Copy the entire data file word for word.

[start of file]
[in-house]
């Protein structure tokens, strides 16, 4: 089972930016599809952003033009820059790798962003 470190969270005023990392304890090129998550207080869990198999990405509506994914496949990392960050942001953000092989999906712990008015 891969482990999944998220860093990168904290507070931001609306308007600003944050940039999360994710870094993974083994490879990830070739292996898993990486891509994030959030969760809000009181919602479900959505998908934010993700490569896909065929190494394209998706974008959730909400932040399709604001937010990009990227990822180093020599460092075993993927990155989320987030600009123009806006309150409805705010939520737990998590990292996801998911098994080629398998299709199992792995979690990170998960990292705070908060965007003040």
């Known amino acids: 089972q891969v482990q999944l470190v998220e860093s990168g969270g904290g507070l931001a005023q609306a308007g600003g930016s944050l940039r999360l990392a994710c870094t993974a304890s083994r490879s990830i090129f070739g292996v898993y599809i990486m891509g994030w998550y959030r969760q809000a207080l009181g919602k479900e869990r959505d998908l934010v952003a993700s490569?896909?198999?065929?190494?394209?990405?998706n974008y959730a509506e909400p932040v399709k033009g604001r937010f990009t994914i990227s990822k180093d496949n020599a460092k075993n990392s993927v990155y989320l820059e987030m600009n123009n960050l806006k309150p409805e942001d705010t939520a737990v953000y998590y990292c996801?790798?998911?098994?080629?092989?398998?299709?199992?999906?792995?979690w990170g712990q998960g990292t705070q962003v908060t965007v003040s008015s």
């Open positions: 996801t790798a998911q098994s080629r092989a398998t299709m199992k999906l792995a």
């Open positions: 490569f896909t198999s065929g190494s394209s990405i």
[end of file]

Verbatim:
[in-house]
């Protein structure tokens, strides 16, 4: 089972930016599809952003033009820059790798962003 470190969270005023990392304890090129998550207080869990198999990405509506994914496949990392960050942001953000092989999906712990008015 891969482990999944998220860093990168904290507070931001609306308007600003944050940039999360994710870094993974083994490879990830070739292996898993990486891509994030959030969760809000009181919602479900959505998908934010993700490569896909065929190494394209998706974008959730909400932040399709604001937010990009990227990822180093020599460092075993993927990155989320987030600009123009806006309150409805705010939520737990998590990292996801998911098994080629398998299709199992792995979690990170998960990292705070908060965007003040």
């Known amino acids: 089972q891969v482990q999944l470190v998220e860093s990168g969270g904290g507070l931001a005023q609306a308007g600003g930016s944050l940039r999360l990392a994710c870094t993974a304890s083994r490879s990830i090129f070739g292996v898993y599809i990486m891509g994030w998550y959030r969760q809000a207080l009181g919602k479900e869990r959505d998908l934010v952003a993700s490569?896909?198999?065929?190494?394209?990405?998706n974008y959730a509506e909400p932040v399709k033009g604001r937010f990009t994914i990227s990822k180093d496949n020599a460092k075993n990392s993927v990155y989320l820059e987030m600009n123009n960050l806006k309150p409805e942001d705010t939520a737990v953000y998590y990292c996801?790798?998911?098994?080629?092989?398998?299709?199992?999906?792995?979690w990170g712990q998960g990292t705070q962003v908060t965007v003040s008015s």
């Open positions: 996801t790798a998911q098994s080629r092989a398998t299709m199992k999906l792995a």
């Open positions: 490569f896909t198999s065929g190494s394209s990405i």